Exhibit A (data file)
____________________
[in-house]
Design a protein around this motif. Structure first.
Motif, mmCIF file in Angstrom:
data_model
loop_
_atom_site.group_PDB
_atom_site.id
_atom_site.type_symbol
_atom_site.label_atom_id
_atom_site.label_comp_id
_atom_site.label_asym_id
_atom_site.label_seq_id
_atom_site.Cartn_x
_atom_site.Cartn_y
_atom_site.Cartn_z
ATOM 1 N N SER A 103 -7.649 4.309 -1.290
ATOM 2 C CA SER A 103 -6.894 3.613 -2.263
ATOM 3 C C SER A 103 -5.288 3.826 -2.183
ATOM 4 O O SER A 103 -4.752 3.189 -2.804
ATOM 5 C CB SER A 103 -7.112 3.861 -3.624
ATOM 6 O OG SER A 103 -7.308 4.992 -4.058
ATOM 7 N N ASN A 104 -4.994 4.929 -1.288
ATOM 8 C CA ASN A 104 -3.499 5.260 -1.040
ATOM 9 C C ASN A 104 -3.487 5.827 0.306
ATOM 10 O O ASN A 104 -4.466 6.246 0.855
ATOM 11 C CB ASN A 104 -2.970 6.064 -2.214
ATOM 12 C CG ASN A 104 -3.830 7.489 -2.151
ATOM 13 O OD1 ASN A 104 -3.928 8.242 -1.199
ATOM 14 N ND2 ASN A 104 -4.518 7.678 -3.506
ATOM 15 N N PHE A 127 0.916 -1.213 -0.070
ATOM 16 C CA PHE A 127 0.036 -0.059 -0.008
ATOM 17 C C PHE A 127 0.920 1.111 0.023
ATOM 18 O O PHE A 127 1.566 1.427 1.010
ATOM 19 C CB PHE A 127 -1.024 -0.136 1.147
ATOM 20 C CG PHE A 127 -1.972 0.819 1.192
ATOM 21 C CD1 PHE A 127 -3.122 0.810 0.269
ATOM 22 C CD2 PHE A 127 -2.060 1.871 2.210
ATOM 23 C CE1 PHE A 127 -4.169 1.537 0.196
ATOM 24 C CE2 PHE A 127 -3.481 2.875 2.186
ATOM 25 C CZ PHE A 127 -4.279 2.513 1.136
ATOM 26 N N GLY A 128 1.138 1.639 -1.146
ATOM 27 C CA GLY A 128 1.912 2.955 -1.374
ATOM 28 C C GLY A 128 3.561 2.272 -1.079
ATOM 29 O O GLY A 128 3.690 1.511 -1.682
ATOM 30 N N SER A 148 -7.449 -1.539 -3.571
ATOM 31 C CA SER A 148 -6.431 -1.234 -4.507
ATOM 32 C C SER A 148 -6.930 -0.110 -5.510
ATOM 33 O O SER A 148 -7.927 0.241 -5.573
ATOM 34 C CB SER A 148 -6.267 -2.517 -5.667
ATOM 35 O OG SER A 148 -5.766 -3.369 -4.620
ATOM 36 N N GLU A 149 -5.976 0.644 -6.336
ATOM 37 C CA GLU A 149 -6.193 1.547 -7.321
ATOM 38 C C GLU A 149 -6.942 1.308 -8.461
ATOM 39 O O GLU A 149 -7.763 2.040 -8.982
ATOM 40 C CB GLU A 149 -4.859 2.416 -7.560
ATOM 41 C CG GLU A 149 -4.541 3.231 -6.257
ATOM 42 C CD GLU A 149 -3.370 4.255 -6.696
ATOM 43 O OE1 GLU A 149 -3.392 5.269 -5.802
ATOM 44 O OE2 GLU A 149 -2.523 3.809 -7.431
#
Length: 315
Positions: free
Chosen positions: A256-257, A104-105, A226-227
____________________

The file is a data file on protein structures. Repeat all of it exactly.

[in-house]
Design a protein around this motif. Structure first.
Motif, mmCIF file in Angstrom:
data_model
loop_
_atom_site.group_PDB
_atom_site.id
_atom_site.type_symbol
_atom_site.label_atom_id
_atom_site.label_comp_id
_atom_site.label_asym_id
_atom_site.label_seq_id
_atom_site.Cartn_x
_atom_site.Cartn_y
_atom_site.Cartn_z
ATOM 1 N N SER A 103 -7.649 4.309 -1.290
ATOM 2 C CA SER A 103 -6.894 3.613 -2.263
ATOM 3 C C SER A 103 -5.288 3.826 -2.183
ATOM 4 O O SER A 103 -4.752 3.189 -2.804
ATOM 5 C CB SER A 103 -7.112 3.861 -3.624
ATOM 6 O OG SER A 103 -7.308 4.992 -4.058
ATOM 7 N N ASN A 104 -4.994 4.929 -1.288
ATOM 8 C CA ASN A 104 -3.499 5.260 -1.040
ATOM 9 C C ASN A 104 -3.487 5.827 0.306
ATOM 10 O O ASN A 104 -4.466 6.246 0.855
ATOM 11 C CB ASN A 104 -2.970 6.064 -2.214
ATOM 12 C CG ASN A 104 -3.830 7.489 -2.151
ATOM 13 O OD1 ASN A 104 -3.928 8.242 -1.199
ATOM 14 N ND2 ASN A 104 -4.518 7.678 -3.506
ATOM 15 N N PHE A 127 0.916 -1.213 -0.070
ATOM 16 C CA PHE A 127 0.036 -0.059 -0.008
ATOM 17 C C PHE A 127 0.920 1.111 0.023
ATOM 18 O O PHE A 127 1.566 1.427 1.010
ATOM 19 C CB PHE A 127 -1.024 -0.136 1.147
ATOM 20 C CG PHE A 127 -1.972 0.819 1.192
ATOM 21 C CD1 PHE A 127 -3.122 0.810 0.269
ATOM 22 C CD2 PHE A 127 -2.060 1.871 2.210
ATOM 23 C CE1 PHE A 127 -4.169 1.537 0.196
ATOM 24 C CE2 PHE A 127 -3.481 2.875 2.186
ATOM 25 C CZ PHE A 127 -4.279 2.513 1.136
ATOM 26 N N GLY A 128 1.138 1.639 -1.146
ATOM 27 C CA GLY A 128 1.912 2.955 -1.374
ATOM 28 C C GLY A 128 3.561 2.272 -1.079
ATOM 29 O O GLY A 128 3.690 1.511 -1.682
ATOM 30 N N SER A 148 -7.449 -1.539 -3.571
ATOM 31 C CA SER A 148 -6.431 -1.234 -4.507
ATOM 32 C C SER A 148 -6.930 -0.110 -5.510
ATOM 33 O O SER A 148 -7.927 0.241 -5.573
ATOM 34 C CB SER A 148 -6.267 -2.517 -5.667
ATOM 35 O OG SER A 148 -5.766 -3.369 -4.620
ATOM 36 N N GLU A 149 -5.976 0.644 -6.336
ATOM 37 C CA GLU A 149 -6.193 1.547 -7.321
ATOM 38 C C GLU A 149 -6.942 1.308 -8.461
ATOM 39 O O GLU A 149 -7.763 2.040 -8.982
ATOM 40 C CB GLU A 149 -4.859 2.416 -7.560
ATOM 41 C CG GLU A 149 -4.541 3.231 -6.257
ATOM 42 C CD GLU A 149 -3.370 4.255 -6.696
ATOM 43 O OE1 GLU A 149 -3.392 5.269 -5.802
ATOM 44 O OE2 GLU A 149 -2.523 3.809 -7.431
#
Length: 315
Positions: free
Chosen positions: A256-257, A104-105, A226-227